The Navajo Nation has opened its doors to a new power plant — and waived its sovereign right to protect itself from future disputes over the project. In mid-May, the Navajo Tribal Council voted 66 to 7, granting a 50-year lease to Houston-based Sithe Global Power to build the Desert Rock coal-fired power plant near Farmington, N.M. (HCN, 9/5/05: Pollution for jobs: a fair trade?). Although the legislation — endorsed by Navajo President Joe Shirley Jr. — approves a "limited waiver of sovereign immunity," the actual agreement between the energy company and the tribe reads that the tribe "hereby expressly and unequivocally waives sovereign immunity from suit to any dispute under the lease or sublease."
The federal government’s public-lands-for-schools idea is off the table for now (HCN, 3/6/06: Public acres for sale). The plan, which received enthusiastic support from U.S. Department of Agriculture Undersecretary Mark Rey, would have sold off about 300,000 acres of national forests and BLM lands in order to fund schools and counties. According to Rey, the sale would have netted $800 million over the next seven years. But in May, the House Appropriations Committee decided not to bring the proposal to a vote before the full House of Representatives.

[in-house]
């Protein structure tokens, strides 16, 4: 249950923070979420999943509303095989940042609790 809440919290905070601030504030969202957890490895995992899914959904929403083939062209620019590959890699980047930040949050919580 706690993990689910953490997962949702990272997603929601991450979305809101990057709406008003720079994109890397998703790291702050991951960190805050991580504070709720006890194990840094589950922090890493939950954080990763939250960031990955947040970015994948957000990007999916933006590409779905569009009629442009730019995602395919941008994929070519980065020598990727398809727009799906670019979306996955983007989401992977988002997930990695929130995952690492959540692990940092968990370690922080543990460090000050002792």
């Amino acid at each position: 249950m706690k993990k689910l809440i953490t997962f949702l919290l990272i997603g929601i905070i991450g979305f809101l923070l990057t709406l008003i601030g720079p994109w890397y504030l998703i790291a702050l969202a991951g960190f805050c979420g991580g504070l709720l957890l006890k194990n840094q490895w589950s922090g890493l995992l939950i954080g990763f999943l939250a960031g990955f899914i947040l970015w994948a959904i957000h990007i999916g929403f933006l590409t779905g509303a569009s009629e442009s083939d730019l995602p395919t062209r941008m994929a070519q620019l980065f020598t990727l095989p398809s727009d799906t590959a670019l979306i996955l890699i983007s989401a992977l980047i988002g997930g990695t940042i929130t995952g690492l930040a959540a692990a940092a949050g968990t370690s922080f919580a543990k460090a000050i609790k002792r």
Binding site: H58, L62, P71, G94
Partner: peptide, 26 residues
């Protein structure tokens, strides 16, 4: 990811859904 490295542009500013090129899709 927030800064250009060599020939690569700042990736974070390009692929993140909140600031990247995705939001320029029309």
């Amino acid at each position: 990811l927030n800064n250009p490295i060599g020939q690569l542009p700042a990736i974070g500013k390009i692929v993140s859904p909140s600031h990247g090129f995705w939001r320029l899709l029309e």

The Environmental Protection Agency is ready and willing to defend the homeland. EPA Administrator Stephen Johnson has announced a new position at the agency: associate administrator for Homeland Security. According to a May 1 memo from Johnson, the position is warranted "at a time when we face continued threats to homeland security as well as issues related to possible pandemic flu." Meanwhile, EPA employees in the "Great American West Eco-Region" have been instructed to expedite energy projects in the region to ensure the agency will "accelerate environmental protection and maintain economic competitiveness." One priority will be to reduce the time staff spend reviewing environmental documents by a yet-to-be-determined amount.